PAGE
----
This information has been prepared by IG, a trading name of IG Markets Limited. In addition to the disclaimer below, the material on this page does not contain a record of our trading prices, or an offer of, or solicitation for, a transaction in any financial instrument. IG accepts no responsibility for any use that may be made of these comments and for any consequences that result. No representation or warranty is given as to the accuracy or completeness of this information. Consequently any person acting on it does so entirely at their own risk. Any research provided does not have regard to the specific investment objectives, financial situation and needs of any specific person who may receive it. It has not been prepared in accordance with legal requirements designed to promote the independence of investment research and as such is considered to be a marketing communication. Although we are not specifically constrained from dealing ahead of our recommendations we do not seek to take advantage of them before they are provided to our clients. See full non-independent research disclaimer and quarterly summary.
The ASX financial sector is seeing better buying, although volumes are poor and there seems to be some modest rotation from certain mining stocks into this space. The data in Australia has traders scratching their heads as to whether it is supportive for banks or a headwind. NAB business conditions improved modestly, although the index is still in negative territory, while the confidence index fell modestly from 6 to 5. What’s important though is we really aren’t seeing the sort of post-election bounce many had expected and been calling for in business confidence – and this is at a time when the government is now polling worse than Labor for this first time. What’s more, if you drill down into the employment sub-component of the survey and the index fell from -3 to -8. Add that to yesterday’s poor ANZ job and the employment picture has just started looking less appealing.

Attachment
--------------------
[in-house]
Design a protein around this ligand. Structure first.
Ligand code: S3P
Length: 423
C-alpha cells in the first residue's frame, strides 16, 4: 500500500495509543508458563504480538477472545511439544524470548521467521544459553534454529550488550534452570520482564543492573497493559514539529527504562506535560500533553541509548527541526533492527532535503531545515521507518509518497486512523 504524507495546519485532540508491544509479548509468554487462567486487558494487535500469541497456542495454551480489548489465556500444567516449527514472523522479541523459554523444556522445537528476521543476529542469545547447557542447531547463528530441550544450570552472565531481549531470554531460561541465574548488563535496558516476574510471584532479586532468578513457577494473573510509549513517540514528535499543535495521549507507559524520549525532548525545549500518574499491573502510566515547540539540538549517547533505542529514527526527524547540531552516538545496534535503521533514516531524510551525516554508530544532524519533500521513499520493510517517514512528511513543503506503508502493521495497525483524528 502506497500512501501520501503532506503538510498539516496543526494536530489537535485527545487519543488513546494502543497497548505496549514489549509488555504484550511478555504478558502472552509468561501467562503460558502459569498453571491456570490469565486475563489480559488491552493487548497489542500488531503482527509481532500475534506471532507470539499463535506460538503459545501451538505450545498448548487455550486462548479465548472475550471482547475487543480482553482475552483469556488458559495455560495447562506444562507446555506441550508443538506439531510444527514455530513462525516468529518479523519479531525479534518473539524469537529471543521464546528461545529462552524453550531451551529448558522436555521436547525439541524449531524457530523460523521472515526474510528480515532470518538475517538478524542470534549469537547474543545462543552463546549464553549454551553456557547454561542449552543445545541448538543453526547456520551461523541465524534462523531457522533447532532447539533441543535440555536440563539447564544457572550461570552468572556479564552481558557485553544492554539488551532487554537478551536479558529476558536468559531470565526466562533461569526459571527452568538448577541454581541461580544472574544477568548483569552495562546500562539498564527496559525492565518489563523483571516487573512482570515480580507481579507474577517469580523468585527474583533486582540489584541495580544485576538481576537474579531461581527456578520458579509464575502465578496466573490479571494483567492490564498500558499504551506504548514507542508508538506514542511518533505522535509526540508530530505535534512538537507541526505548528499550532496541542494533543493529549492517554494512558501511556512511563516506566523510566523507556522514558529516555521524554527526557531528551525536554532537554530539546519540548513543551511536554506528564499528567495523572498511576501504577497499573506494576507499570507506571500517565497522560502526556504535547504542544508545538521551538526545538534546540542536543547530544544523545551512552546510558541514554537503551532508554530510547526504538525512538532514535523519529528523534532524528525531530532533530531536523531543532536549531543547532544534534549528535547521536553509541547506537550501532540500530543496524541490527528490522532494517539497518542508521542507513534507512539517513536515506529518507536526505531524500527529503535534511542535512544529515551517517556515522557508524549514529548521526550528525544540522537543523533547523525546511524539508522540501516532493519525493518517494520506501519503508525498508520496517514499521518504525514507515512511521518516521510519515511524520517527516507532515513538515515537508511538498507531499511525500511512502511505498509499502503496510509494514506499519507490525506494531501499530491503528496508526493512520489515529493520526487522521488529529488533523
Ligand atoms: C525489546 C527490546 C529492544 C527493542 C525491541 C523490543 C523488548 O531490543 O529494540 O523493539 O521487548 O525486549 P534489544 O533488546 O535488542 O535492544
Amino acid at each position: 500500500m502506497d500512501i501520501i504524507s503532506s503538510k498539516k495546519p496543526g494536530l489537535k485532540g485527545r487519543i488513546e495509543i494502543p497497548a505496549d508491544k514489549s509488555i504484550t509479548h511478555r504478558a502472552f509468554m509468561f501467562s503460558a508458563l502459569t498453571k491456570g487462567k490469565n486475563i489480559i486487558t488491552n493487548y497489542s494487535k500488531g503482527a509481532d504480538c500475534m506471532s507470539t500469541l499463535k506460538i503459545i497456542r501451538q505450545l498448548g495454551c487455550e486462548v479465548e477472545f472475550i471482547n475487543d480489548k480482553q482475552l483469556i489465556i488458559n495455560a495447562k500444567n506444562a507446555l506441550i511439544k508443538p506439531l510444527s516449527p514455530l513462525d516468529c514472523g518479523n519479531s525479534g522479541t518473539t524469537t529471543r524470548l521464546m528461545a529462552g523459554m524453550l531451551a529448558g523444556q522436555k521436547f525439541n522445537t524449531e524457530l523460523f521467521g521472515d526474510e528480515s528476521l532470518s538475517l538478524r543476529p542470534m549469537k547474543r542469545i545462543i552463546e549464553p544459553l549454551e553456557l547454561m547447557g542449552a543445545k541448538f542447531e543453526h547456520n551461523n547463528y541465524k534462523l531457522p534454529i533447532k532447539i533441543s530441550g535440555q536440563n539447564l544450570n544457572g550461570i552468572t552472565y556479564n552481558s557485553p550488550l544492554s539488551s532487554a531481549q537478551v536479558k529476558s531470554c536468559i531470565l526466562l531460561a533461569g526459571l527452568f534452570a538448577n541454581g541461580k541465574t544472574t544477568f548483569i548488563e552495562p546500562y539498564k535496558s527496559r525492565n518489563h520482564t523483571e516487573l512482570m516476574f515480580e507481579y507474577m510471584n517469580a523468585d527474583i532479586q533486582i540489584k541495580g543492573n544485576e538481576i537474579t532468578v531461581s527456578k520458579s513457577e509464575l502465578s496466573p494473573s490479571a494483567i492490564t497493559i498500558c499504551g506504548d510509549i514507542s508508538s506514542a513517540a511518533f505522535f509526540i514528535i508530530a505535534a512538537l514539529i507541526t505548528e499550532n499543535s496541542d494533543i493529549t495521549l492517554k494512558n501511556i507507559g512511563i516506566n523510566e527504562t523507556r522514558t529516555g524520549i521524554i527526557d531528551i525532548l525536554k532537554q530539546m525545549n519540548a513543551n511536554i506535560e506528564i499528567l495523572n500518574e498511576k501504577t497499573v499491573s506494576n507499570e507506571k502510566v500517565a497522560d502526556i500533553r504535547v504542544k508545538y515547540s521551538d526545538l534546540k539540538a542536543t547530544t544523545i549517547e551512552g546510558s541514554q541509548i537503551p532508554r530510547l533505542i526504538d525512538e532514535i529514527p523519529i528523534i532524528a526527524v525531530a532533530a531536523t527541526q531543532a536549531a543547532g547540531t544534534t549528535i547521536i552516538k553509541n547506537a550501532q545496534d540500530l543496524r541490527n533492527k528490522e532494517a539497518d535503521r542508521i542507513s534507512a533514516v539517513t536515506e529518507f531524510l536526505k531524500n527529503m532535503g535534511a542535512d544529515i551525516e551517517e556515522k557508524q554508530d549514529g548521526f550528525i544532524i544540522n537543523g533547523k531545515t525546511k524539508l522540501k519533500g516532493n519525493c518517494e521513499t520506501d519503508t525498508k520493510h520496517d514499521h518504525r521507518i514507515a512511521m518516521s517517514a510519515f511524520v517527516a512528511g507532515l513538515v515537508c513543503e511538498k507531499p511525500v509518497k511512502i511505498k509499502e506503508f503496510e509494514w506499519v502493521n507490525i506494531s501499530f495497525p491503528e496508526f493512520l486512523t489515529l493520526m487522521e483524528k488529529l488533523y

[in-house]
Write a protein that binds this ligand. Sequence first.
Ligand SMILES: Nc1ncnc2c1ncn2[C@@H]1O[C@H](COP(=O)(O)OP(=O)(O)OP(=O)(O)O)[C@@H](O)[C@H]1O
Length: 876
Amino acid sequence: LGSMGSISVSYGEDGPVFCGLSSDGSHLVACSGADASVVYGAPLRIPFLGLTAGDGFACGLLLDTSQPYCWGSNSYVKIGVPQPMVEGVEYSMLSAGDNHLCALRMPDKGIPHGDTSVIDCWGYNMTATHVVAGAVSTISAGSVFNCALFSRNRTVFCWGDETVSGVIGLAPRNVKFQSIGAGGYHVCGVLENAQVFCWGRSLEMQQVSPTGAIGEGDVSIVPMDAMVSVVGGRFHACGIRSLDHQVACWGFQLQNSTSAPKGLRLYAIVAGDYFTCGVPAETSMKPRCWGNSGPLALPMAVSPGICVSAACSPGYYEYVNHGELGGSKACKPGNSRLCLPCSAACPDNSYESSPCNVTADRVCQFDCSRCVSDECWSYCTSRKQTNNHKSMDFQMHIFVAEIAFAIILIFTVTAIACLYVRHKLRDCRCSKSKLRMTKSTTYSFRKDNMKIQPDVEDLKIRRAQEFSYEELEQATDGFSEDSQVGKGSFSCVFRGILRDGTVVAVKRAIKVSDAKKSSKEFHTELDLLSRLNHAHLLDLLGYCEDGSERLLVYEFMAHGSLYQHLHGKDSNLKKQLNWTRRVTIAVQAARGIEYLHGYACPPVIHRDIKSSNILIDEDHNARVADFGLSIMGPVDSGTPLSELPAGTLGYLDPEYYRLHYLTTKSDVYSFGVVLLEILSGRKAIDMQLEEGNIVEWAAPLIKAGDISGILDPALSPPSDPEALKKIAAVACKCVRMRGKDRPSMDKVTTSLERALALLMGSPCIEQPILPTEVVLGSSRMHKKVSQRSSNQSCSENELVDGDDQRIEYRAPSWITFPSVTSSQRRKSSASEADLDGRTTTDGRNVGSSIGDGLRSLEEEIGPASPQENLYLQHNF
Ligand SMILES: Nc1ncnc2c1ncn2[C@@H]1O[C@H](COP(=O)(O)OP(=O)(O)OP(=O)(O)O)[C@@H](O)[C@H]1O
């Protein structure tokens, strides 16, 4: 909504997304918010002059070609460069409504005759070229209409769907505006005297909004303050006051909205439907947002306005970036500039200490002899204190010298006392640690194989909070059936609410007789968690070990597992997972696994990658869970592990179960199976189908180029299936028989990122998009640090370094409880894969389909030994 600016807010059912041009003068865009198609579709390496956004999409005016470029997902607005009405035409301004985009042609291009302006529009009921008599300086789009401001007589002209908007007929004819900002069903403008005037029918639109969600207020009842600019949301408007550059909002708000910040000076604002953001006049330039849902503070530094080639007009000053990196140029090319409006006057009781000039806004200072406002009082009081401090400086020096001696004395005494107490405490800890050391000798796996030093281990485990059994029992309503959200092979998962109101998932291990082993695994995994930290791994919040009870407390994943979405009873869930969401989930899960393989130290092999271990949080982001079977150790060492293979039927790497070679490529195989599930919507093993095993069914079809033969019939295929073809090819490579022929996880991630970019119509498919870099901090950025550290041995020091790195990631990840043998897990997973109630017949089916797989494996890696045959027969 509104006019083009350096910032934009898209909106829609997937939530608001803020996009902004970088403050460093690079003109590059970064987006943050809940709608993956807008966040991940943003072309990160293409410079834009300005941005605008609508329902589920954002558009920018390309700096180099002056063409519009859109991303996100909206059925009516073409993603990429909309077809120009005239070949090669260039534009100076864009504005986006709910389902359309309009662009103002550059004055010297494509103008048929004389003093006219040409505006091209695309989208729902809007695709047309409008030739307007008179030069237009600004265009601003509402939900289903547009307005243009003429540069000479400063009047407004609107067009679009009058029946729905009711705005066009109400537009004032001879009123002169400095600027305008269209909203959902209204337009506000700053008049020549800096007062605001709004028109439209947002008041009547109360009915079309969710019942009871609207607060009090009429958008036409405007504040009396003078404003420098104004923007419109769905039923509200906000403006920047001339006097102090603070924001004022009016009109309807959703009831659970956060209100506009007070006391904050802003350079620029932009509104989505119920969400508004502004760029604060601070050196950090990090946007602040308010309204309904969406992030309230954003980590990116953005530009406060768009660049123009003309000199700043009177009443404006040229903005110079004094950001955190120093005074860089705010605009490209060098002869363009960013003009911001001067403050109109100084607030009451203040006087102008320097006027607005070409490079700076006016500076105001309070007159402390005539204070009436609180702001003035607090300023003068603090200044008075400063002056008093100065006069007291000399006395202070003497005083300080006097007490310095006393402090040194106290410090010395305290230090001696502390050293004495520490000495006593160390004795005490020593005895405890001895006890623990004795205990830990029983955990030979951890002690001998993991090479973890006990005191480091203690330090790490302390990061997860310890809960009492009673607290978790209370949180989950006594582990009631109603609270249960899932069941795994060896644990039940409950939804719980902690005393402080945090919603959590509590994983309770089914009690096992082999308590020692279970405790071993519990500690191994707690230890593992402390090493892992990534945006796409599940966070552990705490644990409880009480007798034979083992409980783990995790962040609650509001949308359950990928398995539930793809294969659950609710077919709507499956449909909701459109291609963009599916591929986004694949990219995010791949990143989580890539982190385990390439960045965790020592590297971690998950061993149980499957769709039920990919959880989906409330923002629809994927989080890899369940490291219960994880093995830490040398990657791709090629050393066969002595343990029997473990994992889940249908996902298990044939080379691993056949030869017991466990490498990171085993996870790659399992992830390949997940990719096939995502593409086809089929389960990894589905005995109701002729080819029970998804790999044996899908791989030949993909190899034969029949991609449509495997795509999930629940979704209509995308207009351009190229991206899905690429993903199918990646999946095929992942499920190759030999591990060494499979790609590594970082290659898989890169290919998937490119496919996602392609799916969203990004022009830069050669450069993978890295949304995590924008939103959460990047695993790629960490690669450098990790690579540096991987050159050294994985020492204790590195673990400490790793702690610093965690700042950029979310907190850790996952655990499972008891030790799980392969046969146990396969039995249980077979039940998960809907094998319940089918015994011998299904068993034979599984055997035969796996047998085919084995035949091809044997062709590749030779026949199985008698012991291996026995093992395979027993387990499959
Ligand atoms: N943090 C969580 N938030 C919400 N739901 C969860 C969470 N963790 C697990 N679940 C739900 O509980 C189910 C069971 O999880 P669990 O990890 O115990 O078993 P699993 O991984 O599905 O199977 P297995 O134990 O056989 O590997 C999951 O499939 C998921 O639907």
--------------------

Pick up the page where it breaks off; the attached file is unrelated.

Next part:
Employment has to be front and centre now for the RBA, so today clearly goes to the economists’ calling for rate cuts in 2014. Of course from an equity perspective this actually reinforces the yield trade, thus this could be a reason why banks are finding buyers, especially when you are picking up the banks on a net yield of around 6% at present.
QBE getting smashed again
The shake-out of QBE longs has continued in earnest today and traders continue to ask ‘do I short (at these levels), do I go long now or wait until $10?’ This $10 level is huge support on the daily chart, but it’s important to realise confidence in the stock from a bottom-up perspective has been shot to pieces and until the stock shows signs that the bulls are happy to support and stabilisation is seen – stay away. There could feasibly be one more (albeit more modest) shake-out, and from here it could be worth looking at long trades, if for nothing more than the upgrades that are likely from the investment banks, given the distance the stock would be from their recently revised twelve month price targets.
China is putting on modest gains, although the real action comes just after-market with industrial production, retail sales and fixed asset investment data due. There has been more attention from traders on the weekend news that the PBOC have allowed certain banks to trade negotiable certificate of deposits (CDs) with each other. This is a big step for the Chinese capital markets and should really be seen as major step in adjusting to a more liberal interest rate setting.